Warner Bros. Plans To Hypnotize Audiences With 'Mandrake The Magician'

What a strange comic hero was Mandrake the Magician. Created by Lee Falk, who would go on to create The Phantom (slam evil!), Mandrake was written as a magician whose prime skill was the ability to hypnotize people really, really fast. Using this technique he could induce hallucinations, and for some reason he went into crime fighting rather than politics.

Mandrake's adventures, aided as he was by the African "Prince of the Seven Nations" Lothar, also called the Strongest Man in the World, aren't exactly, let's say, timely. Mandrake kinda makes John Carter look like Mark Zuckerberg.

But damn the torpedoes, Warner Bros. is becoming the latest company to try its hand at developing a Mandrake film. Will it feature a made-over version of the character a la Warners' recent Sherlock Holmes? But of course!

THR announces that WB is teaming with Atlas Entertainment, which picked up rights to the character in 2009 and commissioned a script from David Peoples and Janet Peoples (Twelve Monkeys). Atlas is the most recent of a long run of companies to attempt a Mandrake film, but with Warner Bros. and The Dark Knight producer Charles Roven on board it probably has a better chance than any other entity did.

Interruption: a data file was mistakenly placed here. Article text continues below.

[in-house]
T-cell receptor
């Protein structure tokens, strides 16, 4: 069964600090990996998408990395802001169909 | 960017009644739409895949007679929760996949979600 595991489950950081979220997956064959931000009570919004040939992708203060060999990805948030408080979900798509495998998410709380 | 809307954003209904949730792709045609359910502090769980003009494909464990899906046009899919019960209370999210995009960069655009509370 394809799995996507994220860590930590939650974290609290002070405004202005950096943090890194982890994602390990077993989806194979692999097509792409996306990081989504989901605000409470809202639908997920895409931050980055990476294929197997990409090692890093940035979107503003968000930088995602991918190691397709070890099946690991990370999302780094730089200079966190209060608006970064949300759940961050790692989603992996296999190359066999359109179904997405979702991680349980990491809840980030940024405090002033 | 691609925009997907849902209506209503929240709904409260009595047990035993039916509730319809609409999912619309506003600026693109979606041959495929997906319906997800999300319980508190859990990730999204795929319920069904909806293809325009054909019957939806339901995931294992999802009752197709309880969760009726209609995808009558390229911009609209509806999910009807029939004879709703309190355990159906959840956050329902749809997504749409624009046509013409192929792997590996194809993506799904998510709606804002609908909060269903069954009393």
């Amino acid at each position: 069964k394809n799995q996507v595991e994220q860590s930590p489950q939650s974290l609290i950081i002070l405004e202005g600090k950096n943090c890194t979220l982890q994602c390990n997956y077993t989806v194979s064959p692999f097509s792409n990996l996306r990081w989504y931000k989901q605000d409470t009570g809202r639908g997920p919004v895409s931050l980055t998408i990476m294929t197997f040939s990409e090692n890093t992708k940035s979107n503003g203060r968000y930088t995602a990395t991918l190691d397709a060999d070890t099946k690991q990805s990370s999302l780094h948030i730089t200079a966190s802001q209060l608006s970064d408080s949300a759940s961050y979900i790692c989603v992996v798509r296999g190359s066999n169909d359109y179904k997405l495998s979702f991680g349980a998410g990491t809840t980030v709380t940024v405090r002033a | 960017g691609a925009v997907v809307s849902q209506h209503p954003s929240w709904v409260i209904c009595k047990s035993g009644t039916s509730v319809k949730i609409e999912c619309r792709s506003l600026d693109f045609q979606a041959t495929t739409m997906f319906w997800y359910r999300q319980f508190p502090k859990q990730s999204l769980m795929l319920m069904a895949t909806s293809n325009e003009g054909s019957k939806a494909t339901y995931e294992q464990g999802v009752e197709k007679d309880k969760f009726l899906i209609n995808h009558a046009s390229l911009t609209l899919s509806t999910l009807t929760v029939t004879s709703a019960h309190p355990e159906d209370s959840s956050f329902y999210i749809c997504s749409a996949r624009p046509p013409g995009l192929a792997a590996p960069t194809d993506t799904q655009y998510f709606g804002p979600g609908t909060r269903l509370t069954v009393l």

(Hell, given that WB's Sherlock is hardly canonical, why not take a page from Marvel's book and incorporate Mandrake into Sherlock to establish the character?)

That's all the detail we've got, aside from THR's mention that WB wants to take the Sherlock approach with Mandrake, and that the studio and Atlas are looking for new screenwriters.

Therefore we can only speculate on what sort of story we'll see, assuming the movie ever gets made. There is a College of Magic (run by Mandrake's father) in the original comic strip, and a whole rogue's gallery of oddball villains, at least one of which is related to Mandrake. But this isn't likely to be another Harry Potter, even if the new writers do some pretty dramatic reworking of the character. I'd expect that reworking to happen one way or the other, but I can't say I've got a great deal of faith that we'll ever see this one emerge from the other side of the WB development machine.